Gaza marathon cancelled because Hamas bans women runners
By BBC News, Middle East
March 05, 2013
The UN agency which organises Gaza’s marathon has cancelled the event, blaming the refusal of the territory’s governing Islamist Hamas movement to allow women to run.
The marathon was scheduled for Sunday and would have been Gaza’s third.
Hamas said the marathon could go ahead if “local traditions” were respected.
Conservative elements in Gaza have sometimes complained about mixing between the sexes, especially in schools and at sporting events.
The UN Relief and Works Agency (Unrwa) said in a statement that it had taken “the disappointing decision” after “discussions with the authorities in Gaza who have insisted that no women should participate”.
Unrwa “is working on a programme of other events, which will be forwarded to those interested as soon as possible,” the statement adds.
“We regret this decision to cancel the marathon but we don’t want men and women running together,” Abdessalam Siyyam, cabinet secretary of the Hamas government, told AFP news agency.
“We did not tell Unrwa to cancel the marathon and we haven’t prevented it, but we laid down some conditions: We don’t want women and men mixing in the same place,” he added.
The Palestinian territory is almost exactly marathon length from top to bottom.
Last year, thousands of runners braved freezing conditions to take part, including some women. Palestinian runner Nader al-Masri won the event on its first two occasions.
In previous years, Hamas has supported the race and provided security.
In the past there have been attacks on the UN’s summer camps for children in Gaza after complaints that boys were allowed to mix with girls, the BBC’s Jon Donnison reports.
The marathon was due to be part of the UN’s fundraising efforts in order to run those camps, our correspondent adds.
By Nidal al-Mughrabi, Reuters
March 05, 2013
GAZA – The main United Nations agency in Gaza has canceled the annual marathon in the small Palestinian territory after ruling Hamas Islamists banned women from the race.
Hamas said having women in the annual event, scheduled for April 10, contravened Islamic tradition even though dozens of Palestinian schoolgirls had started the two previous marathons.
“This disappointing decision follows discussions with the authorities in Gaza, who have insisted that no women should participate,” the United Nations Relief and Works Agency (UNRWA), which sponsors the race, said in a statement.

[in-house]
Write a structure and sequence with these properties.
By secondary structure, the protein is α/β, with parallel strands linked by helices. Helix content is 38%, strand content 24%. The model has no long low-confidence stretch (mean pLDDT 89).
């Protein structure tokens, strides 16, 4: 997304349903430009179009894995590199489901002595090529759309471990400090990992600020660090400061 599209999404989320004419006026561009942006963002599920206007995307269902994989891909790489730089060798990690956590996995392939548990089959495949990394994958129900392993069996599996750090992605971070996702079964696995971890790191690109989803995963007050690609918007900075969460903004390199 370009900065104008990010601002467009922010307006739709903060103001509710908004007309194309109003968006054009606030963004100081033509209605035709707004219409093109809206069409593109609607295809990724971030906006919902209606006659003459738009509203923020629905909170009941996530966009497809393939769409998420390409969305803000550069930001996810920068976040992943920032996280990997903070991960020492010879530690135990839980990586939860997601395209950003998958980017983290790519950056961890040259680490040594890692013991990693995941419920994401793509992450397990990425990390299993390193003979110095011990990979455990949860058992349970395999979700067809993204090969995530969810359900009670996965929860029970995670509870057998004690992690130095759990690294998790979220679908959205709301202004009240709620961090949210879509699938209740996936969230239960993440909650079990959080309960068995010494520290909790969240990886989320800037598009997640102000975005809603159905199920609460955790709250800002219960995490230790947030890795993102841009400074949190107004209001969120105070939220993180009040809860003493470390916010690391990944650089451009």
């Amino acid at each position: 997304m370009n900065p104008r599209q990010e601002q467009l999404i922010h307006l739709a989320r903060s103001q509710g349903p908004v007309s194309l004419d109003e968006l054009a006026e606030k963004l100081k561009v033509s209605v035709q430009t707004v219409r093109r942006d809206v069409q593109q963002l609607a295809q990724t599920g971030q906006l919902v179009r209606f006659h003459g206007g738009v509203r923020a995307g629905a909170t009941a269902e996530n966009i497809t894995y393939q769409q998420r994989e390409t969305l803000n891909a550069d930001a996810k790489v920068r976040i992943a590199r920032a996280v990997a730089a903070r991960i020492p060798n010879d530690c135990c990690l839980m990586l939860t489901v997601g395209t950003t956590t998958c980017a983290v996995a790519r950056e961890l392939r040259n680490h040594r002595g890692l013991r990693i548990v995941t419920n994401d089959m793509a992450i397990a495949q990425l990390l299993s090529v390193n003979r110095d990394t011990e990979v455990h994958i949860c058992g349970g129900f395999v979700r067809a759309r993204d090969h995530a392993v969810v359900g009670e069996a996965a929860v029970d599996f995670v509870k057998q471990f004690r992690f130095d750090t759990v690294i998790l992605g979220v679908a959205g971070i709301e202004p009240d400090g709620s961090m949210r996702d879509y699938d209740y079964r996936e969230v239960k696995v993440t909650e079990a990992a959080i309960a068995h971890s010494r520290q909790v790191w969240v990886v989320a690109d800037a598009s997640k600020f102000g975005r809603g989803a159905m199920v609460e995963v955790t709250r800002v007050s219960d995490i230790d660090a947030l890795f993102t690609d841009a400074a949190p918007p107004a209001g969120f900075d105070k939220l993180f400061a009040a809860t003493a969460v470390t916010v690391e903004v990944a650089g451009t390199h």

This year’s field of 1,500 schoolchildren and 800 adults was to have included a record number of women – 260 Palestinians and 119 foreigners, UNRWA said. The children’s participation is symbolic – they begin the race but run only a few hundred meters, while the adults do the full 42 km (26 miles).
“The marathon was an annual event to show solidarity with the Palestinian people and to raise funds for summer camps organized by UNRWA which serve at least 250,000 schoolchildren,” said Adnan Abu Hasna, the agency’s media adviser in Gaza.
Relations between UNRWA and Hamas, which has controlled the Gaza Strip since 2007 and is shunned by the West over its hostility towards Israel, have been strained at times.
Some Hamas officials have accused UNRWA of failing to include representatives of the Gaza government when UNRWA has hosted meetings with international visitors. Several Hamas lawmakers have been critical of the curriculum in UNRWA-run schools.
Founded in 1949, UNRWA provides food and other emergency assistance to more than two-thirds of the 1.6 million population in the cramped, coastal territory.
Human rights groups have accused Hamas of pressuring women to cover their heads in public and using police to harass young couples in the streets and on beaches. Hamas has denied it is trying to enforce any modesty code.
(Reporting by Nidal Almughrabi; Editing by Jeffrey Heller and Mark Heinrich)